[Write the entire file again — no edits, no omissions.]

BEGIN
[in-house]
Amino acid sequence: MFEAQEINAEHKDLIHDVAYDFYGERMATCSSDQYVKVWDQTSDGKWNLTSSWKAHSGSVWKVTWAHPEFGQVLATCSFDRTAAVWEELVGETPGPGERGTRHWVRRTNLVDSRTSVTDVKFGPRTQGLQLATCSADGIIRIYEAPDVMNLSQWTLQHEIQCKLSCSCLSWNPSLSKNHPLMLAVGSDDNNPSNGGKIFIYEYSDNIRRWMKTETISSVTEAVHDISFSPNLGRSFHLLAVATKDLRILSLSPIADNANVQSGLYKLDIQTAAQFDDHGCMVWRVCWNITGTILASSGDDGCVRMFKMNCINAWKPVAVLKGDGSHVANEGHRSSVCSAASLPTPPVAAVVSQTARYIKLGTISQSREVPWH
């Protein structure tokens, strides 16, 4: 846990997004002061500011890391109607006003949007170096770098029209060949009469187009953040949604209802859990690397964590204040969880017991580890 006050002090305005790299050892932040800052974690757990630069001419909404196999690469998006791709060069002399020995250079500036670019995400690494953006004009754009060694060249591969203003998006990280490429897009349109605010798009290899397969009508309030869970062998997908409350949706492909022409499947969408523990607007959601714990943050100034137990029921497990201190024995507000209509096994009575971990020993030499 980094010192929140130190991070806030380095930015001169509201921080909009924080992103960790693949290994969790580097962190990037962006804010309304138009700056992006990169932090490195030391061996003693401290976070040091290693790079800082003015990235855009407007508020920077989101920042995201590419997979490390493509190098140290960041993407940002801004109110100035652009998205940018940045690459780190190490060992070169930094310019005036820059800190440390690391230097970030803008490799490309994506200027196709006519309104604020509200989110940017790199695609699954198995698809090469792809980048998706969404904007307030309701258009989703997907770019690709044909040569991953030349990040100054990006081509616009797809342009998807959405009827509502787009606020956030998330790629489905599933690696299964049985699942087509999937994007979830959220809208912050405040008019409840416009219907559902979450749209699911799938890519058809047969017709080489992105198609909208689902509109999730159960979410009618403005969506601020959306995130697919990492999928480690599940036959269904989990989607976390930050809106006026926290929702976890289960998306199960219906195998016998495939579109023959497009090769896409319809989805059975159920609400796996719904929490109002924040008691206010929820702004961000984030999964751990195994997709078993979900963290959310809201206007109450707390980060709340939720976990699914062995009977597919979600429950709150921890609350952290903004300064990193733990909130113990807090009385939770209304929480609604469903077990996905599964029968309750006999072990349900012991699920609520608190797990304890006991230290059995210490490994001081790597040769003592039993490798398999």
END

[in-house]
Amino acid sequence: MFEAQEINAEHKDLIHDVAYDFYGERMATCSSDQYVKVWDQTSDGKWNLTSSWKAHSGSVWKVTWAHPEFGQVLATCSFDRTAAVWEELVGETPGPGERGTRHWVRRTNLVDSRTSVTDVKFGPRTQGLQLATCSADGIIRIYEAPDVMNLSQWTLQHEIQCKLSCSCLSWNPSLSKNHPLMLAVGSDDNNPSNGGKIFIYEYSDNIRRWMKTETISSVTEAVHDISFSPNLGRSFHLLAVATKDLRILSLSPIADNANVQSGLYKLDIQTAAQFDDHGCMVWRVCWNITGTILASSGDDGCVRMFKMNCINAWKPVAVLKGDGSHVANEGHRSSVCSAASLPTPPVAAVVSQTARYIKLGTISQSREVPWH
């Protein structure tokens, strides 16, 4: 846990997004002061500011890391109607006003949007170096770098029209060949009469187009953040949604209802859990690397964590204040969880017991580890 006050002090305005790299050892932040800052974690757990630069001419909404196999690469998006791709060069002399020995250079500036670019995400690494953006004009754009060694060249591969203003998006990280490429897009349109605010798009290899397969009508309030869970062998997908409350949706492909022409499947969408523990607007959601714990943050100034137990029921497990201190024995507000209509096994009575971990020993030499 980094010192929140130190991070806030380095930015001169509201921080909009924080992103960790693949290994969790580097962190990037962006804010309304138009700056992006990169932090490195030391061996003693401290976070040091290693790079800082003015990235855009407007508020920077989101920042995201590419997979490390493509190098140290960041993407940002801004109110100035652009998205940018940045690459780190190490060992070169930094310019005036820059800190440390690391230097970030803008490799490309994506200027196709006519309104604020509200989110940017790199695609699954198995698809090469792809980048998706969404904007307030309701258009989703997907770019690709044909040569991953030349990040100054990006081509616009797809342009998807959405009827509502787009606020956030998330790629489905599933690696299964049985699942087509999937994007979830959220809208912050405040008019409840416009219907559902979450749209699911799938890519058809047969017709080489992105198609909208689902509109999730159960979410009618403005969506601020959306995130697919990492999928480690599940036959269904989990989607976390930050809106006026926290929702976890289960998306199960219906195998016998495939579109023959497009090769896409319809989805059975159920609400796996719904929490109002924040008691206010929820702004961000984030999964751990195994997709078993979900963290959310809201206007109450707390980060709340939720976990699914062995009977597919979600429950709150921890609350952290903004300064990193733990909130113990807090009385939770209304929480609604469903077990996905599964029968309750006999072990349900012991699920609520608190797990304890006991230290059995210490490994001081790597040769003592039993490798398999």